Cities are commonly thought of as dangerous places for kids to grow up. But a new study challenges that perception.
Dec 28, 2010 Grist
Kids make up a big part of city populations. But often the built environment doesn't reflect a world planned with children in mind. This post from <em>Polis</em> looks at an effort to put children's needs back in the minds of planners.
Apr 29, 2010 POLIS
Urban convenience stores are being further linked to childhood obesity after the release of a new study from Temple University.
Jan 21, 2010 Miller-McCune
A new affordable housing development going up in Portland's dense Pearl District will include a public school on the ground floor.
Dec 3, 2009 Daily Journal of Commerce Oregon
A 15-year-old ban on biking and walking to school in Saratoga Springs, New York may be lifted, after one bike-friendly parent challenged the policy.
Oct 4, 2009 Governing
A new picture book introduces the architecture and urban ideas of Le Corbusier to children.
Sep 16, 2009 Arcspace
Unstructured play is a mainstay of childhood. But dense urban areas offer fewer opportunities for free-form playtime, writes Alex Marshall. Kids have to take what they can get, and often it's not much more than an empty parking lot.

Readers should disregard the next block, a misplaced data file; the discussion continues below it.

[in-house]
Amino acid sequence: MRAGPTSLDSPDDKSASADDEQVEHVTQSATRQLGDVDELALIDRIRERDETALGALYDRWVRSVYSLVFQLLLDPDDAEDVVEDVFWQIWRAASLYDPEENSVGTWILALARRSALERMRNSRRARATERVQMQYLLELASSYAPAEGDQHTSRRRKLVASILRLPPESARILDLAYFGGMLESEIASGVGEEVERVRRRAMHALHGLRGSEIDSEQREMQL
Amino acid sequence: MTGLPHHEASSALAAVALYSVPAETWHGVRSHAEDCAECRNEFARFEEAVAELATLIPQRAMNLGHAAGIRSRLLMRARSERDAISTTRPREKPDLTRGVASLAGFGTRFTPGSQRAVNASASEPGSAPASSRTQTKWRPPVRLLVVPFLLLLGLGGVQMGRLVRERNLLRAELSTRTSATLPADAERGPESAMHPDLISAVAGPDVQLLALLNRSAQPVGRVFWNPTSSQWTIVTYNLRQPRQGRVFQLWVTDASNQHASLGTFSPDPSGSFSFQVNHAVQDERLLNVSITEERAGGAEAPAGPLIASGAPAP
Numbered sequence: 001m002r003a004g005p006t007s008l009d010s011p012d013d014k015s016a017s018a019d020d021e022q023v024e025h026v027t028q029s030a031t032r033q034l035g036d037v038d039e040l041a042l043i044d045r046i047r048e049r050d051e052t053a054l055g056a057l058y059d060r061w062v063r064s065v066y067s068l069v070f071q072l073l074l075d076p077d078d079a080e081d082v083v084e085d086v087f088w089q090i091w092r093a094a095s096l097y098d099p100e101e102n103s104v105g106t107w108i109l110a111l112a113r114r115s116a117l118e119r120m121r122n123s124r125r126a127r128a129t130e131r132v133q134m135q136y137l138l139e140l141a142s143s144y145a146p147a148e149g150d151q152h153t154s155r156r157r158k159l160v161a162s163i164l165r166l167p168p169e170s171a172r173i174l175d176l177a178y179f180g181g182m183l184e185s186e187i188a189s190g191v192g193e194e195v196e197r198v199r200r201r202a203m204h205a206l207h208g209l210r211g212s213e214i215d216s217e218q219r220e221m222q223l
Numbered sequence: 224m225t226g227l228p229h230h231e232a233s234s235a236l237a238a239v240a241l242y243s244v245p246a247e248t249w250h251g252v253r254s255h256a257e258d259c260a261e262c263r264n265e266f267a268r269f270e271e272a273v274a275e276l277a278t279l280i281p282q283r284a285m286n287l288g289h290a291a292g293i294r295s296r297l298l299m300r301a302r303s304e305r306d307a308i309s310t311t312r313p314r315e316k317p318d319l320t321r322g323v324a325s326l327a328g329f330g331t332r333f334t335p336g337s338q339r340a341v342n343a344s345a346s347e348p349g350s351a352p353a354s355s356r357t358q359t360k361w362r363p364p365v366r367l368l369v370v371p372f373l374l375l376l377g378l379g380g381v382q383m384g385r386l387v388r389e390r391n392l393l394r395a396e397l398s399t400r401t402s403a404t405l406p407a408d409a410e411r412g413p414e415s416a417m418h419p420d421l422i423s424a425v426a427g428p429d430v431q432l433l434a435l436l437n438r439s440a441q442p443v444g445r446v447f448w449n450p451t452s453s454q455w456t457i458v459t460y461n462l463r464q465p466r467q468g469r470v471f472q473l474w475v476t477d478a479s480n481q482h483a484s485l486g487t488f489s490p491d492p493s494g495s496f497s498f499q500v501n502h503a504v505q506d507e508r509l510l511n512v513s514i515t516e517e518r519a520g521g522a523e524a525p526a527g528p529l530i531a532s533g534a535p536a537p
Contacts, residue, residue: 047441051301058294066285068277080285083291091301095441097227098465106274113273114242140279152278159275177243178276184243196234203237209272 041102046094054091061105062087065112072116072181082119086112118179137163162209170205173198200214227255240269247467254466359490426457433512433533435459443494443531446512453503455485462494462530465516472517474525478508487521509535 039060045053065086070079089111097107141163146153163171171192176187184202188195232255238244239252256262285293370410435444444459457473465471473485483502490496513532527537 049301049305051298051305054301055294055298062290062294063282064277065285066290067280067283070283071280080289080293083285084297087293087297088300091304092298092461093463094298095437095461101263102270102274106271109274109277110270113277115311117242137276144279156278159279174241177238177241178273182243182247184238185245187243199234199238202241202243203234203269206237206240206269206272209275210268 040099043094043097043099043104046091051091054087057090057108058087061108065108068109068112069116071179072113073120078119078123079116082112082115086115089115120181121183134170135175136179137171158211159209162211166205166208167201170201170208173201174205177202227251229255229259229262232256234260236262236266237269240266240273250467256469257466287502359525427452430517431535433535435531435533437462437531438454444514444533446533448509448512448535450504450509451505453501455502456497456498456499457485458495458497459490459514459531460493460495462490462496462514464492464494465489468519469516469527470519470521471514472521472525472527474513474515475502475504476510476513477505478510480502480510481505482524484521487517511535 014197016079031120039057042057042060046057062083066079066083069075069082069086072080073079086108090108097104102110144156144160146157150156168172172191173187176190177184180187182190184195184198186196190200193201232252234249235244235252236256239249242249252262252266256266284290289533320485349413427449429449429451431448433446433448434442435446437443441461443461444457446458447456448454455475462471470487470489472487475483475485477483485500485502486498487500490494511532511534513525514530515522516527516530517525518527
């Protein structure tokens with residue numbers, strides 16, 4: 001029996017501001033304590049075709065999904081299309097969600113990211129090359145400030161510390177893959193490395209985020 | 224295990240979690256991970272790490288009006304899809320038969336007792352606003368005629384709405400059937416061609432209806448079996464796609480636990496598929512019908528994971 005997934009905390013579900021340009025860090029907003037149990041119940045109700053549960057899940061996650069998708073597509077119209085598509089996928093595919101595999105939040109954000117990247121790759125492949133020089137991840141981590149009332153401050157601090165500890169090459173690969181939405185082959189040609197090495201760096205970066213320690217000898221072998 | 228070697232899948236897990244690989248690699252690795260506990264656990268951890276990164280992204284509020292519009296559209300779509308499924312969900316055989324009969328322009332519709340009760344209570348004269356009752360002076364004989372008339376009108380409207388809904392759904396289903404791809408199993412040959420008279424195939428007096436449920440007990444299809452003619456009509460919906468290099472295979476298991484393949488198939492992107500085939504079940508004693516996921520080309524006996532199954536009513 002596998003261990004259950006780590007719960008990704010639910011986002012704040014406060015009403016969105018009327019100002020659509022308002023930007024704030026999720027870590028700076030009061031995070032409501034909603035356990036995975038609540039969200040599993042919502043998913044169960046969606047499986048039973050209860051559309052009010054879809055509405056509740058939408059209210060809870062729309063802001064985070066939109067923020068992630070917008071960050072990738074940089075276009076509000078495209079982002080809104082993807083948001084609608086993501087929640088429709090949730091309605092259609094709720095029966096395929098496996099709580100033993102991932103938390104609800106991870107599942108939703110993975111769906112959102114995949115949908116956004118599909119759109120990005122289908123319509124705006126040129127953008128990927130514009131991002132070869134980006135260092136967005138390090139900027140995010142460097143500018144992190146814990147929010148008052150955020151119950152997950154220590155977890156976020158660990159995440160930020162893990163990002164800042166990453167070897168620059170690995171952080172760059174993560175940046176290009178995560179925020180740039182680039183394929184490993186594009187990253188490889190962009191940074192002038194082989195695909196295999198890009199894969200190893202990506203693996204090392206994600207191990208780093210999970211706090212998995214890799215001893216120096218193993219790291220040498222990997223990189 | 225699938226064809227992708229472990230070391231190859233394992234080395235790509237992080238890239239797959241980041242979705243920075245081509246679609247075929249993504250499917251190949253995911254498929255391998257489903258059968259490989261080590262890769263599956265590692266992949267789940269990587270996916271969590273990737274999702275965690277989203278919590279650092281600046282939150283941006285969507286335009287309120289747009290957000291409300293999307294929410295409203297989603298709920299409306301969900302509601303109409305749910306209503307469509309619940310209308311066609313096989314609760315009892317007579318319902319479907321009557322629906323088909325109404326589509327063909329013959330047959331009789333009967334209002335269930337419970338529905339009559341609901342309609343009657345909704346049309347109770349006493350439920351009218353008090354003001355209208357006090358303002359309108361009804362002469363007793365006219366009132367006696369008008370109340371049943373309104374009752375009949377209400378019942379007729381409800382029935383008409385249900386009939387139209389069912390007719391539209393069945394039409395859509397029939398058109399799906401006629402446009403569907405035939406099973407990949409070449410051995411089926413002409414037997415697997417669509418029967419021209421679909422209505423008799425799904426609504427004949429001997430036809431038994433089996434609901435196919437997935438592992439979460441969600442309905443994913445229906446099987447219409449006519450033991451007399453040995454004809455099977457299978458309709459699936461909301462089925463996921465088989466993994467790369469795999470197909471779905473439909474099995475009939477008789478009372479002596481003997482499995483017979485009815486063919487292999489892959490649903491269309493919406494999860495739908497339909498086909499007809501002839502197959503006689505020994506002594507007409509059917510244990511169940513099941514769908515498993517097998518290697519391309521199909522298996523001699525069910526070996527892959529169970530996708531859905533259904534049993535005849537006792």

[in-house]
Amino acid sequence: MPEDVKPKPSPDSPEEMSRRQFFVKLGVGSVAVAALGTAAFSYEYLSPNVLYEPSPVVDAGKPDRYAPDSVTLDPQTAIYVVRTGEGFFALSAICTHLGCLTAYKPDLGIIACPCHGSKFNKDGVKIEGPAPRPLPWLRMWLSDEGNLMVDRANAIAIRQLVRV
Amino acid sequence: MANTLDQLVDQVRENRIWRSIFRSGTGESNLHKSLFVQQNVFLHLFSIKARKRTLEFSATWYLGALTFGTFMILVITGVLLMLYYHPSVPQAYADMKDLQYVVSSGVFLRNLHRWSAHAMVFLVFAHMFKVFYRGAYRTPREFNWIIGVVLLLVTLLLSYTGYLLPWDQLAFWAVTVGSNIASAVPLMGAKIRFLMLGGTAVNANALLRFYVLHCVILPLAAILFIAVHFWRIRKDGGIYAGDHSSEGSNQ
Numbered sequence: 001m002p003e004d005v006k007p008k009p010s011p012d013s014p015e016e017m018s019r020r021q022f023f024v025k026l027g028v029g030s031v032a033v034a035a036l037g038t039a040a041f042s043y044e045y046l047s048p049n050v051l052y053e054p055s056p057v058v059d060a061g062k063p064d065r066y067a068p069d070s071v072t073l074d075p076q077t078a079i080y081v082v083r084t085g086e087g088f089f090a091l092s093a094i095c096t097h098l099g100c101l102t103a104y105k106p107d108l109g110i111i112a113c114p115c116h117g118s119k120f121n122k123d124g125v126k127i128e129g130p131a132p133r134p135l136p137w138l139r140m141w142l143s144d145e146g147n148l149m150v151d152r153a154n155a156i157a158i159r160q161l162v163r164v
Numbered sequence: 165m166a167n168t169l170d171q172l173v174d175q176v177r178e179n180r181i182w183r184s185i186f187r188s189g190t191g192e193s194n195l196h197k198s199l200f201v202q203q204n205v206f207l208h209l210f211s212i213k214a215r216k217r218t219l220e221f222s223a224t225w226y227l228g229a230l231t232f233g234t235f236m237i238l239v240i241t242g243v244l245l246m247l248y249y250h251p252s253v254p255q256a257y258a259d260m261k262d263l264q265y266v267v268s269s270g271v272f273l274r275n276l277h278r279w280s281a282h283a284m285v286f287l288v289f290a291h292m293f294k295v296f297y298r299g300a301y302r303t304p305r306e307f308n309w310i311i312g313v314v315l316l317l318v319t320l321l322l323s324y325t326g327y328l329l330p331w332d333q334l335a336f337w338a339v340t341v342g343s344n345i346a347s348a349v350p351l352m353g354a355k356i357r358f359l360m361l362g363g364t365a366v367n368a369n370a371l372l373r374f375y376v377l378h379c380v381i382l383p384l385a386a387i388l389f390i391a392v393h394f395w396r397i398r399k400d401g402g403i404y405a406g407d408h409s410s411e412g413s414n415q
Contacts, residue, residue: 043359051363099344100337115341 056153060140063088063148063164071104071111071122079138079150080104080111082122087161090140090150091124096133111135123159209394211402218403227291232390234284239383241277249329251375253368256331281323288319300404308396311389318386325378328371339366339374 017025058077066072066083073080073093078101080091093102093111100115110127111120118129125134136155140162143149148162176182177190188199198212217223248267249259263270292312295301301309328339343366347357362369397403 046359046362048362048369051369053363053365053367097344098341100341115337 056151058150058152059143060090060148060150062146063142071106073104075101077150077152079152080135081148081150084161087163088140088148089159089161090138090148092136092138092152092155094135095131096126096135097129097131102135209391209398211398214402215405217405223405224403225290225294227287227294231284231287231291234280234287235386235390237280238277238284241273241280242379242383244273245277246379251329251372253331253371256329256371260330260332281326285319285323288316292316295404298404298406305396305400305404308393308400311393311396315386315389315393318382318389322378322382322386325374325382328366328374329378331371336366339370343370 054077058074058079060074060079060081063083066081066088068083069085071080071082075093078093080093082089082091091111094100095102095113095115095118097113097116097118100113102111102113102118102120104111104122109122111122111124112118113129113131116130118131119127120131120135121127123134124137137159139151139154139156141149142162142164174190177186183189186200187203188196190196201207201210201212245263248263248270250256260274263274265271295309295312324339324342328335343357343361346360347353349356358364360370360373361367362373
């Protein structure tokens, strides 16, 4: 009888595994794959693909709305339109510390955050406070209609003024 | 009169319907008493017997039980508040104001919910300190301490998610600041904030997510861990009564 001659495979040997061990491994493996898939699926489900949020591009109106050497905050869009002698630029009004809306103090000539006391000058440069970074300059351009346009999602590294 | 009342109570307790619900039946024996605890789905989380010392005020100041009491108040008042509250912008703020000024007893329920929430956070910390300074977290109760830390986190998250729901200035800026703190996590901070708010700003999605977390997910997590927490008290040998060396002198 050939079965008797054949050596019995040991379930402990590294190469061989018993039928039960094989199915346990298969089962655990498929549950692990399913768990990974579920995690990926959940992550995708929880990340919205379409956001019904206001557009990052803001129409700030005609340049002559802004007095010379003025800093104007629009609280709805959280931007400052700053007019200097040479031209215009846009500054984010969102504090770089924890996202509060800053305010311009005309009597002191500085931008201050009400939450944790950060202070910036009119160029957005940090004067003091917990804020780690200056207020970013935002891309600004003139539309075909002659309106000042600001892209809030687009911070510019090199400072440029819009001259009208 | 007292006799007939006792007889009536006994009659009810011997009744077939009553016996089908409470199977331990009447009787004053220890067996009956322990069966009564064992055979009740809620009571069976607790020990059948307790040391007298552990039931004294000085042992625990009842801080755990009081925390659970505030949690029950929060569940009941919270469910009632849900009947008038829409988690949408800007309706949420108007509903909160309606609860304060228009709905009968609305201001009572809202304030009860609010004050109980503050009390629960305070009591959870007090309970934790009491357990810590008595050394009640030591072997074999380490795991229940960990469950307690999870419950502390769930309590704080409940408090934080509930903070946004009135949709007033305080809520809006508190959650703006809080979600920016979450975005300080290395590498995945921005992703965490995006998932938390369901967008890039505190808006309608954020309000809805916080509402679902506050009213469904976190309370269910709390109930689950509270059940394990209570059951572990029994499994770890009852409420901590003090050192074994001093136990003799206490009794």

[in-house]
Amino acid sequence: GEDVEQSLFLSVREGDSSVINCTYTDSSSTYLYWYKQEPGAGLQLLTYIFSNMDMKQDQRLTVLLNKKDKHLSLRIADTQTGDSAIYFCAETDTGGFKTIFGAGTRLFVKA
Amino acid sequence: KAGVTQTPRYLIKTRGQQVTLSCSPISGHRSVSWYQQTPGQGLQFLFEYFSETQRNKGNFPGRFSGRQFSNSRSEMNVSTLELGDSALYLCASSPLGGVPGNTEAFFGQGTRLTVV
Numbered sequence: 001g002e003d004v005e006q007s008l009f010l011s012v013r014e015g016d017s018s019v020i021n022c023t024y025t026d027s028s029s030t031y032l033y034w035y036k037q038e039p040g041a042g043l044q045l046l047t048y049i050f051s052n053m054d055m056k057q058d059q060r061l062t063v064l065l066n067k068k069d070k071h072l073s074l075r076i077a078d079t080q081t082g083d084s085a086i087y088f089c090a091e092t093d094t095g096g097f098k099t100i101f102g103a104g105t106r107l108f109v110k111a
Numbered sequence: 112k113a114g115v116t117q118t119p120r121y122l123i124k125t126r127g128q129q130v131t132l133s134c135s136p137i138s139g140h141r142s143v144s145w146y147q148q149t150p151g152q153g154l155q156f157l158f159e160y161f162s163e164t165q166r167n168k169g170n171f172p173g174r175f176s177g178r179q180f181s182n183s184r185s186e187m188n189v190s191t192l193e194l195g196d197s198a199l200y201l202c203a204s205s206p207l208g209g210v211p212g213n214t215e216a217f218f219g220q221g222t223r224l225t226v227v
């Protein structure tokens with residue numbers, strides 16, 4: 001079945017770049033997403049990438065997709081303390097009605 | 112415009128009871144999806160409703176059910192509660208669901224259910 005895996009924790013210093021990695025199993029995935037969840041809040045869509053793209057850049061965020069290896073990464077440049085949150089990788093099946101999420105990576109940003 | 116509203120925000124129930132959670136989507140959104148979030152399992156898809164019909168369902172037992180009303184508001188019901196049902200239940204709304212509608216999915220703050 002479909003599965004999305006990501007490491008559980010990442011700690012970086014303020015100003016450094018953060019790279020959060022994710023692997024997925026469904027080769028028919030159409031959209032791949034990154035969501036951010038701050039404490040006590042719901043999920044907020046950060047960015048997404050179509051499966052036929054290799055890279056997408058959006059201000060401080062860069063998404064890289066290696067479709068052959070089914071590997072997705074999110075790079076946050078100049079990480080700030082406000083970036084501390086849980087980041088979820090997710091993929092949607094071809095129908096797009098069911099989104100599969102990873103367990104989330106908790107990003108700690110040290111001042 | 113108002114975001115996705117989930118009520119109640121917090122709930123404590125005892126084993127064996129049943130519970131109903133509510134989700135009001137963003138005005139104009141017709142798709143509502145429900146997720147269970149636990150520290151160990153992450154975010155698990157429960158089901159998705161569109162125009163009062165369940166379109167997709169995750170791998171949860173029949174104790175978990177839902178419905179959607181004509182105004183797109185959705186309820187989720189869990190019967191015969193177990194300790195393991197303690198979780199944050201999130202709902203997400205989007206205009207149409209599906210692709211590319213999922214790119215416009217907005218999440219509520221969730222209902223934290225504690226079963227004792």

Aug 27, 2009 Regional Plan Association
This piece from the New York Times looks at a program in Italy the encourages children to walk to school.
Mar 27, 2009 The New York Times
It is a chestnut of urban planning that a neighborhood must have a certain number of dwelling units per acre (usually around 8 or 10) in order to have adequate bus service. But the quarter-acre lot seems to get no respect: too dense for estate-home luxury, not dense enough to constitute "smart growth". But a 9 year-old girl recently taught me that, at least for children of a certain age, these medium-density neighborhoods have their advantages.
Jan 22, 2009 By